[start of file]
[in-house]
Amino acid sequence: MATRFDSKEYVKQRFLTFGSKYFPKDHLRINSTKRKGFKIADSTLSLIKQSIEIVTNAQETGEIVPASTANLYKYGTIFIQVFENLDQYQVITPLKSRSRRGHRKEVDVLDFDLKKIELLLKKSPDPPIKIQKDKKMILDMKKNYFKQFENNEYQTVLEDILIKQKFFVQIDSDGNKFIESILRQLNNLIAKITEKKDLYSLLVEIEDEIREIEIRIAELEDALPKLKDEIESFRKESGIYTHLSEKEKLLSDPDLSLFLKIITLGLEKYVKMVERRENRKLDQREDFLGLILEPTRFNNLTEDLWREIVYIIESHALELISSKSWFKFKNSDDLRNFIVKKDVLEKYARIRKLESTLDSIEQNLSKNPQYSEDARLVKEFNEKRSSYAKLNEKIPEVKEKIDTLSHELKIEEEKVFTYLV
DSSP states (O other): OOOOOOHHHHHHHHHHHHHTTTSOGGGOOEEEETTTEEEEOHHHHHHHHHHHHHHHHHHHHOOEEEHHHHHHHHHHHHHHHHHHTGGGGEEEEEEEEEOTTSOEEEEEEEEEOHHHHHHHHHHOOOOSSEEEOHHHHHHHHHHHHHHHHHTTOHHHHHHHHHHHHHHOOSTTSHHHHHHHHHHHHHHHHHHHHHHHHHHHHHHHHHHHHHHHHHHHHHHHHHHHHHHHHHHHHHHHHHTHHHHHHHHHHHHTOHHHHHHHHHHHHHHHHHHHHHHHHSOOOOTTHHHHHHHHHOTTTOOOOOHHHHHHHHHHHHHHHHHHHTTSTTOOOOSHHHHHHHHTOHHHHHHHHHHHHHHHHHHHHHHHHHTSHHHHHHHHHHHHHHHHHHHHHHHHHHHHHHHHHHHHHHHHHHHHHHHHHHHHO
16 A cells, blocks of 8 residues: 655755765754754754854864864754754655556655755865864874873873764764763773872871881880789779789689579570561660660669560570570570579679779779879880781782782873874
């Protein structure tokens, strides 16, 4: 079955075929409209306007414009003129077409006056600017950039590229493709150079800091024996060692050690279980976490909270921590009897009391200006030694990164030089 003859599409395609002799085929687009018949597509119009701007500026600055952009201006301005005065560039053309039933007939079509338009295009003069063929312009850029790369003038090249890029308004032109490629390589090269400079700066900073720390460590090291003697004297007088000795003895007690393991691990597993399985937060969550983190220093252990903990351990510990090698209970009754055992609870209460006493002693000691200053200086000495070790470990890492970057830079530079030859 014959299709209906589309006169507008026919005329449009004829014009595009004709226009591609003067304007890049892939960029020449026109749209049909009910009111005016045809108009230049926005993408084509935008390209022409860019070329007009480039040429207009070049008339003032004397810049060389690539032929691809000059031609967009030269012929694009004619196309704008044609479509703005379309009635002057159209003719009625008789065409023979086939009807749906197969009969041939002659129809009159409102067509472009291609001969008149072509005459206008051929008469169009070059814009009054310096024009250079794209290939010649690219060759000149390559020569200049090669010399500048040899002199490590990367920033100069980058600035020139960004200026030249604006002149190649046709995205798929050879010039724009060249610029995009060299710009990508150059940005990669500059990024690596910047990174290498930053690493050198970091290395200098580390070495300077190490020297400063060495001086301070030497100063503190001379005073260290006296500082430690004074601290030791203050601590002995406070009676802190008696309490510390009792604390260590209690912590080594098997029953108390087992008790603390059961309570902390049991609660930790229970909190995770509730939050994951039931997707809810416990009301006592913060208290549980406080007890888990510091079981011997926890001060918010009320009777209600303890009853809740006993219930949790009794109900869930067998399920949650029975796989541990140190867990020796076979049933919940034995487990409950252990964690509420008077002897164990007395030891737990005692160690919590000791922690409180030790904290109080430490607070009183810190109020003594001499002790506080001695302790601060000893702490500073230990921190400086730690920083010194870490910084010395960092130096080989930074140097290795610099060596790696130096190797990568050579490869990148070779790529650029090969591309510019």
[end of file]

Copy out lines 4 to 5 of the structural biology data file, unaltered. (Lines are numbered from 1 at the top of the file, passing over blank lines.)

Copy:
16 A cells, blocks of 8 residues: 655755765754754754854864864754754655556655755865864874873873764764763773872871881880789779789689579570561660660669560570570570579679779779879880781782782873874
């Protein structure tokens, strides 16, 4: 079955075929409209306007414009003129077409006056600017950039590229493709150079800091024996060692050690279980976490909270921590009897009391200006030694990164030089 003859599409395609002799085929687009018949597509119009701007500026600055952009201006301005005065560039053309039933007939079509338009295009003069063929312009850029790369003038090249890029308004032109490629390589090269400079700066900073720390460590090291003697004297007088000795003895007690393991691990597993399985937060969550983190220093252990903990351990510990090698209970009754055992609870209460006493002693000691200053200086000495070790470990890492970057830079530079030859 014959299709209906589309006169507008026919005329449009004829014009595009004709226009591609003067304007890049892939960029020449026109749209049909009910009111005016045809108009230049926005993408084509935008390209022409860019070329007009480039040429207009070049008339003032004397810049060389690539032929691809000059031609967009030269012929694009004619196309704008044609479509703005379309009635002057159209003719009625008789065409023979086939009807749906197969009969041939002659129809009159409102067509472009291609001969008149072509005459206008051929008469169009070059814009009054310096024009250079794209290939010649690219060759000149390559020569200049090669010399500048040899002199490590990367920033100069980058600035020139960004200026030249604006002149190649046709995205798929050879010039724009060249610029995009060299710009990508150059940005990669500059990024690596910047990174290498930053690493050198970091290395200098580390070495300077190490020297400063060495001086301070030497100063503190001379005073260290006296500082430690004074601290030791203050601590002995406070009676802190008696309490510390009792604390260590209690912590080594098997029953108390087992008790603390059961309570902390049991609660930790229970909190995770509730939050994951039931997707809810416990009301006592913060208290549980406080007890888990510091079981011997926890001060918010009320009777209600303890009853809740006993219930949790009794109900869930067998399920949650029975796989541990140190867990020796076979049933919940034995487990409950252990964690509420008077002897164990007395030891737990005692160690919590000791922690409180030790904290109080430490607070009183810190109020003594001499002790506080001695302790601060000893702490500073230990921190400086730690920083010194870490910084010395960092130096080989930074140097290795610099060596790696130096190797990568050579490869990148070779790529650029090969591309510019």